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Islanders take initiative to save their coral reefs

Date Posted: 2007-08-09

Worried about warming sea temperatures and government inaction to protect the Yaeyama Islands environment, a group of Ishigaki citizens have begun their own project to save endangered coral reefs.

Ishigaki's Shiraho Sakana-Waku Umi Council is drafting its own environmental rules on protecting the fragile waters surrounding the southern islands, with tourism companies being the first to be told to change operating procedures.

The councilís name means 'Seas rich in fish', and it wants to keep it that way. Itís been watching coral reefs decay and die in recent years, damage attributed to combinations of global warming that boosts ocean temperatures, manmade construction projects, and the growth of crown-of-thorns starfish populations.

The Councilís environment-oriented members have been active for decades, first launching fierce opposition in 1979 to a planned new airport to be built in the Shiraho district of Ishigaki. They were afraid the airportís construction would displace fish populations and damage the coral. They succeeded in blocking the project, sending planners back to the drawing board to find a new location.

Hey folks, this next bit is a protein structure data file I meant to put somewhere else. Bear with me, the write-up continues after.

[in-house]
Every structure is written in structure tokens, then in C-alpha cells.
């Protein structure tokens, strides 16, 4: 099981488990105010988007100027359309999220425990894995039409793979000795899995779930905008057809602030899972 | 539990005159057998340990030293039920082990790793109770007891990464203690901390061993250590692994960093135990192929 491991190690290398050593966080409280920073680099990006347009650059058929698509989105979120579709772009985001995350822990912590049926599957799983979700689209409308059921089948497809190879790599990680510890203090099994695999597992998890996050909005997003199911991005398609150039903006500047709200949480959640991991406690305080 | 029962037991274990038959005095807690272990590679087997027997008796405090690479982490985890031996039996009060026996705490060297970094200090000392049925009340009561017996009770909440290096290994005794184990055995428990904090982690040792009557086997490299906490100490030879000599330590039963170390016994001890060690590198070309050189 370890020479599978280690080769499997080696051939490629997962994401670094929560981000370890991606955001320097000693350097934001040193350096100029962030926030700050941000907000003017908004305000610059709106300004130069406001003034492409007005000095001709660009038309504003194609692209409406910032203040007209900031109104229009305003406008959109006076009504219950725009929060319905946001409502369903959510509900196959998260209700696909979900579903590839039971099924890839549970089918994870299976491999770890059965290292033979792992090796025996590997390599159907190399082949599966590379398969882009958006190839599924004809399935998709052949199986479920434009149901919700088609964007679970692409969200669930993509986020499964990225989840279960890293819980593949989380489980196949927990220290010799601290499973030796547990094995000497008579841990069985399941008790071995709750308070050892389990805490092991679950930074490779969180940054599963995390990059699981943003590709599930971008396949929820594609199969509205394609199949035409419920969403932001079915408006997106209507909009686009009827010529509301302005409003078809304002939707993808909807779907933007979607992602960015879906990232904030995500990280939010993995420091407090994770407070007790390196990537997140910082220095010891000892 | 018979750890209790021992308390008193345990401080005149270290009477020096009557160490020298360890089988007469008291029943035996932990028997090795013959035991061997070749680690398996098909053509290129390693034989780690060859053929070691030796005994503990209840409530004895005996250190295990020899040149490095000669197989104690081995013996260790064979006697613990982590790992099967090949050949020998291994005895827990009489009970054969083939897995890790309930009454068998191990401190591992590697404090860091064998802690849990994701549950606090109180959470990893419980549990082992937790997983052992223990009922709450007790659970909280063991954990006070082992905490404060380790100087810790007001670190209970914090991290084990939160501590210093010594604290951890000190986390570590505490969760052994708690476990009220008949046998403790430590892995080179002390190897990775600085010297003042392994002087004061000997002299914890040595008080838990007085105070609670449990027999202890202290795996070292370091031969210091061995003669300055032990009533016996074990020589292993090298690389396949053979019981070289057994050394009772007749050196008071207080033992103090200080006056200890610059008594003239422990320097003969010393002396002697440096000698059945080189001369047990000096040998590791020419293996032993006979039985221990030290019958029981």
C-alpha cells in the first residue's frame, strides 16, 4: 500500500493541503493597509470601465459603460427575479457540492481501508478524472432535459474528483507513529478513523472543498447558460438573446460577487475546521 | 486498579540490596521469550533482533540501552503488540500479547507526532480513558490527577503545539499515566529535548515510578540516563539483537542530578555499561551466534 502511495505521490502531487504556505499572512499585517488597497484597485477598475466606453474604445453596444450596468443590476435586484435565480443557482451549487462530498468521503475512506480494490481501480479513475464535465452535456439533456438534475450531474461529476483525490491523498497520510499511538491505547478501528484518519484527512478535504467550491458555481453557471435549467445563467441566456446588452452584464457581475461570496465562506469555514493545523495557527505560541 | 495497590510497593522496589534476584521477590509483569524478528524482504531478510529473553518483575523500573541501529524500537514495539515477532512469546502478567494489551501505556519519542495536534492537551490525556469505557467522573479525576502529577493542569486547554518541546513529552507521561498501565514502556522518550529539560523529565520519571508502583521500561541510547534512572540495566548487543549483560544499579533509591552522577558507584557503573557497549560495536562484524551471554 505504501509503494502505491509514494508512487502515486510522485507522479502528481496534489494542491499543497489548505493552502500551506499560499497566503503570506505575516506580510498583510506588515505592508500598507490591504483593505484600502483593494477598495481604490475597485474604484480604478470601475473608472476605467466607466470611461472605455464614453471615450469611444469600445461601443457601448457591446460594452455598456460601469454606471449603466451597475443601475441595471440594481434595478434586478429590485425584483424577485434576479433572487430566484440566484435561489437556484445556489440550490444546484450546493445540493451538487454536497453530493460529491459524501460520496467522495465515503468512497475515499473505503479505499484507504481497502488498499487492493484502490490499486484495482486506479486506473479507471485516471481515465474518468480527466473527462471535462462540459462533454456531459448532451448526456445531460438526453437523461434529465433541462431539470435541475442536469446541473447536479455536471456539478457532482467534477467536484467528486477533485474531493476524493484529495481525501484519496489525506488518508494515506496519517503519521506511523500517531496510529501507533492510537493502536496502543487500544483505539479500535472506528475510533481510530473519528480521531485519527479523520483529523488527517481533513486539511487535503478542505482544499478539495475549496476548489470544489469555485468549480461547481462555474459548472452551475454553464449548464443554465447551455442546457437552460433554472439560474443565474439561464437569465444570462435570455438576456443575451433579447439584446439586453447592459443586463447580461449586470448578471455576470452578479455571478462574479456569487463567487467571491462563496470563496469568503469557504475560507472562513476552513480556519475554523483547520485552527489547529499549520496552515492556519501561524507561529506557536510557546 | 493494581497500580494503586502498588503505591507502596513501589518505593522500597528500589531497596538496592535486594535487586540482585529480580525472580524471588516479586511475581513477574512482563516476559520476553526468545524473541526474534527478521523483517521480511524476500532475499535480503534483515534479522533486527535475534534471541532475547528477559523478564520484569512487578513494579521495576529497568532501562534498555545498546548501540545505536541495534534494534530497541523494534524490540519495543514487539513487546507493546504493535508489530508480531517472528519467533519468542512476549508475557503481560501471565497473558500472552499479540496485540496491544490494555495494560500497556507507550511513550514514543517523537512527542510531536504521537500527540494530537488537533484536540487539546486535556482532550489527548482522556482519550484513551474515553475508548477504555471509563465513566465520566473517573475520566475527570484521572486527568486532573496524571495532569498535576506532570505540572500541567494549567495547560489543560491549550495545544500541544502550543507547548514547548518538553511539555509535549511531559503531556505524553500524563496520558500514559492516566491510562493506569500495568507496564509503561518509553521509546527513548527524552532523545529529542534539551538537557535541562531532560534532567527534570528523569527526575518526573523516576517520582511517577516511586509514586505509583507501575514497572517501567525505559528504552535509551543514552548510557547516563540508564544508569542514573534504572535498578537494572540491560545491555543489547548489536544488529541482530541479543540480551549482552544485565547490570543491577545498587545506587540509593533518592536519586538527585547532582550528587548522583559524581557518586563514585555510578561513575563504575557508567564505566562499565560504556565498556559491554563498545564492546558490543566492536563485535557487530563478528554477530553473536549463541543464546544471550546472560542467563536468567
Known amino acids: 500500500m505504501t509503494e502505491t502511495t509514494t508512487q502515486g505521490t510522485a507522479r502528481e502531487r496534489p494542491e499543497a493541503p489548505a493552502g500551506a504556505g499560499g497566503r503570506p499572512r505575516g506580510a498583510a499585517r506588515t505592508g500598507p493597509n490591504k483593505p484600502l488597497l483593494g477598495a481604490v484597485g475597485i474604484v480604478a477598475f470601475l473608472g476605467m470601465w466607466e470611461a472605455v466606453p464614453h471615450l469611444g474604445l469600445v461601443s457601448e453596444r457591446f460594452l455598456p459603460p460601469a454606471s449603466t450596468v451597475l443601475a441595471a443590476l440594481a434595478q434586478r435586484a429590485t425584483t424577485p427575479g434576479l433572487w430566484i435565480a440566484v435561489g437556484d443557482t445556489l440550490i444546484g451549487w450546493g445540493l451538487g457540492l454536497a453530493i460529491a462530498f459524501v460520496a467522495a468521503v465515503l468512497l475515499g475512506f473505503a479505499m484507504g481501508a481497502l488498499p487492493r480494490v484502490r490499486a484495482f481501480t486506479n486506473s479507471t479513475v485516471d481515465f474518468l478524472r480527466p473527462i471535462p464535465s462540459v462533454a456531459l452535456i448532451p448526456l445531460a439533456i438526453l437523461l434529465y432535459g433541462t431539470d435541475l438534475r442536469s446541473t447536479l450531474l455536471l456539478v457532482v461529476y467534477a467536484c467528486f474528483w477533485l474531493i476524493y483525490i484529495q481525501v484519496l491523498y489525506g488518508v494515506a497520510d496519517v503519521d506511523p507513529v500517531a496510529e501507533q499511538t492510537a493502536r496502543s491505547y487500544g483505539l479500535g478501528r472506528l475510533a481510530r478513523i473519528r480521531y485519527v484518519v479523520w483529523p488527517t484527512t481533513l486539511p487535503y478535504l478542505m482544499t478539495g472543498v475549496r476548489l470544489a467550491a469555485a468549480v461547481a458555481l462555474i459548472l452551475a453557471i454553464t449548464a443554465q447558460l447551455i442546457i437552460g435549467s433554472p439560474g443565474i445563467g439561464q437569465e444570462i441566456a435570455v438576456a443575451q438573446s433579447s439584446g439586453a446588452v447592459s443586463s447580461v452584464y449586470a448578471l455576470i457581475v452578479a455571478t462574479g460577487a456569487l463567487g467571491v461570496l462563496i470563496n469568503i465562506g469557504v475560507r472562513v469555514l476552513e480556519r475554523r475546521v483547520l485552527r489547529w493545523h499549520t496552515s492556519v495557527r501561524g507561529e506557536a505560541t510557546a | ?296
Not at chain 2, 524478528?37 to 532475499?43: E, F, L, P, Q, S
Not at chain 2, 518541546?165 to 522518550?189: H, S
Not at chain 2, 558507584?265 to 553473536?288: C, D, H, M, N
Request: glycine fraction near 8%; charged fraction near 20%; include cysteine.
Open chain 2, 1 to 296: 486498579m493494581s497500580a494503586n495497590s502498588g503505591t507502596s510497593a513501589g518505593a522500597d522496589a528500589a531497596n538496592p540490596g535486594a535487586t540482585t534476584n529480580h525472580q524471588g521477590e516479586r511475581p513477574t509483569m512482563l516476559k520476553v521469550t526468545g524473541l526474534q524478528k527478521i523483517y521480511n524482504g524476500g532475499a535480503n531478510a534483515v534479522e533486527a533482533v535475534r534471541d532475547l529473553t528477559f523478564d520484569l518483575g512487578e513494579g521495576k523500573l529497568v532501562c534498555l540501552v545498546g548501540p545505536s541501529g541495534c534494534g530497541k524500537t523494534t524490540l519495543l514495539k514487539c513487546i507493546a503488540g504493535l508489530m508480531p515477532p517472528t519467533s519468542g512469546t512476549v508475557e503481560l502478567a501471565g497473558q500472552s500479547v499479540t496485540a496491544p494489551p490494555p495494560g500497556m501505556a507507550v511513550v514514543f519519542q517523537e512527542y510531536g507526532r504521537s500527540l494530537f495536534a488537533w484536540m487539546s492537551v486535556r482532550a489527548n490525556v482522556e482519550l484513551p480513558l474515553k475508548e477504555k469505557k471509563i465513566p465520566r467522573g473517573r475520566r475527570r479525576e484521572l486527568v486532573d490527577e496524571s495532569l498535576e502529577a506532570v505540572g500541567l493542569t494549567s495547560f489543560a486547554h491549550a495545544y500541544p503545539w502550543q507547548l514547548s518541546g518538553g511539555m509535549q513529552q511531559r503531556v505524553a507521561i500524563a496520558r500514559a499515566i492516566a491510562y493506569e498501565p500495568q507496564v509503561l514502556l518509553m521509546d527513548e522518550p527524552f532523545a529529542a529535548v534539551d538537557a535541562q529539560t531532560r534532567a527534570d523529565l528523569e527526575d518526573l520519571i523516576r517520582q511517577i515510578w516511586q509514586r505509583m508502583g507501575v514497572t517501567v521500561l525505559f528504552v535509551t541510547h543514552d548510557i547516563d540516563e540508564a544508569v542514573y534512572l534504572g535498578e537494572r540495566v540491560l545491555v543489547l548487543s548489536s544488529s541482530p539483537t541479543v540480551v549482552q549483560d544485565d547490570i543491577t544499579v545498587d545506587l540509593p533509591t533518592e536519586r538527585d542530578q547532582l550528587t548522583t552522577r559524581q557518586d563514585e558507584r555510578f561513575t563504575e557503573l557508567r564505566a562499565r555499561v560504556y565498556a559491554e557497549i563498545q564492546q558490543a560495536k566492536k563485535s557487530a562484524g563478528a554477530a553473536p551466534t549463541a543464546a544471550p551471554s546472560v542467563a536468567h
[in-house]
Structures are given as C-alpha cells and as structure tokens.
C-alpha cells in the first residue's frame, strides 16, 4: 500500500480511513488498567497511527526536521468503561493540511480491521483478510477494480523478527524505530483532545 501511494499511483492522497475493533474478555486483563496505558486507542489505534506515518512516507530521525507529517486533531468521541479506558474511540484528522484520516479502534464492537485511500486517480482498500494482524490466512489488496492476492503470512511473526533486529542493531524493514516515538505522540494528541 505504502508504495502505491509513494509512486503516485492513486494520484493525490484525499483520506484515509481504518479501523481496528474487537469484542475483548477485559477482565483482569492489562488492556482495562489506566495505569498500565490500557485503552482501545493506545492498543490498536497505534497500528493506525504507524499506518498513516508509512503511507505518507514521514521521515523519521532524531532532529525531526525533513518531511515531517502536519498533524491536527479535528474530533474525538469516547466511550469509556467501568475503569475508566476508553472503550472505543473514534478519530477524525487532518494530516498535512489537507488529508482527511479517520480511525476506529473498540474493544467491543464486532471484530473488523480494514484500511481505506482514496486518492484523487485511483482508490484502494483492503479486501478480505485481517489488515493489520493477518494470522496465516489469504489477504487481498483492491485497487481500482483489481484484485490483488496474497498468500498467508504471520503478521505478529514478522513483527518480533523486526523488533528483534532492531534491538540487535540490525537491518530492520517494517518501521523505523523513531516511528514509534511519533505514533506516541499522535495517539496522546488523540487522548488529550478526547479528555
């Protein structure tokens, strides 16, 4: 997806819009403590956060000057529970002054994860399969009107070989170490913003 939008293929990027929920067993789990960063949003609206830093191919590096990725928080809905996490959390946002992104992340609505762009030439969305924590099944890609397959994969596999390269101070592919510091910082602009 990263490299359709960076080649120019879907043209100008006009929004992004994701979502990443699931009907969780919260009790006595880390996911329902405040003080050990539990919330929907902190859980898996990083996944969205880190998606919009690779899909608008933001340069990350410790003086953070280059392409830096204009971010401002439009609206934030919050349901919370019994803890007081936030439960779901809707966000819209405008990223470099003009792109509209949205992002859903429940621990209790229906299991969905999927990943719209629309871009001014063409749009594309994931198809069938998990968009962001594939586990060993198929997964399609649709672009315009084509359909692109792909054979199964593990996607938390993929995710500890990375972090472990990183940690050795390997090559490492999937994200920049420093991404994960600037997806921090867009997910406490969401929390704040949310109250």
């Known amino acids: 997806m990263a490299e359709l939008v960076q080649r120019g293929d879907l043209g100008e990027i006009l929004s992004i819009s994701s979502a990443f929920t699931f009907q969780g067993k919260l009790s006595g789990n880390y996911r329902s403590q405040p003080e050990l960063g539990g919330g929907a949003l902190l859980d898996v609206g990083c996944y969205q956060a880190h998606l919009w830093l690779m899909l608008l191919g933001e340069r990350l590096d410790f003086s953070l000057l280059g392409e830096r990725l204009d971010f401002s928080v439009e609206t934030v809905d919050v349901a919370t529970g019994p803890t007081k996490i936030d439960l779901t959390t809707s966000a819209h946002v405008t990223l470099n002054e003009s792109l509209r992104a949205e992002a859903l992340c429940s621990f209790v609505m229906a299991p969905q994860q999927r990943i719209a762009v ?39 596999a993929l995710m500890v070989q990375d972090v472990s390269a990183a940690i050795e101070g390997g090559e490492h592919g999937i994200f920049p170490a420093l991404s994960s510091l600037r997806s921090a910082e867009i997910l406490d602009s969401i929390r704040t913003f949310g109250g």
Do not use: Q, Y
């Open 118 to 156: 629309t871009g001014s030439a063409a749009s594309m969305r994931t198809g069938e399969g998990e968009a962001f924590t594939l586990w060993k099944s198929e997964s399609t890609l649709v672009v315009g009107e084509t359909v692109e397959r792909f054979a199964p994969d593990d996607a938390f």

The new airport is now to be built several kilometers north of Shiraho. Opponents still arenít happy with that decision, afraid it could still destroy the eco-structure. What it will do to the coral is uncertain, but environmentalists are equally worried the work will endanger and contaminate local groundwaters.

The Council has been successful in getting the Environment Ministry to declare the area a national park, but says it still doesnít guarantee the coral will be safe. Itís being joined by the International Coral Reef Initiative, a coalition of groups from 44 countries, lobbying to protect the reefs.

Rising sea temperatures kill off endozoic algae, essential to providing coral with sufficient nutrition. Adding to that concern, scientists have discovered nearly two dozen different diseases that are adversely affecting the coral.

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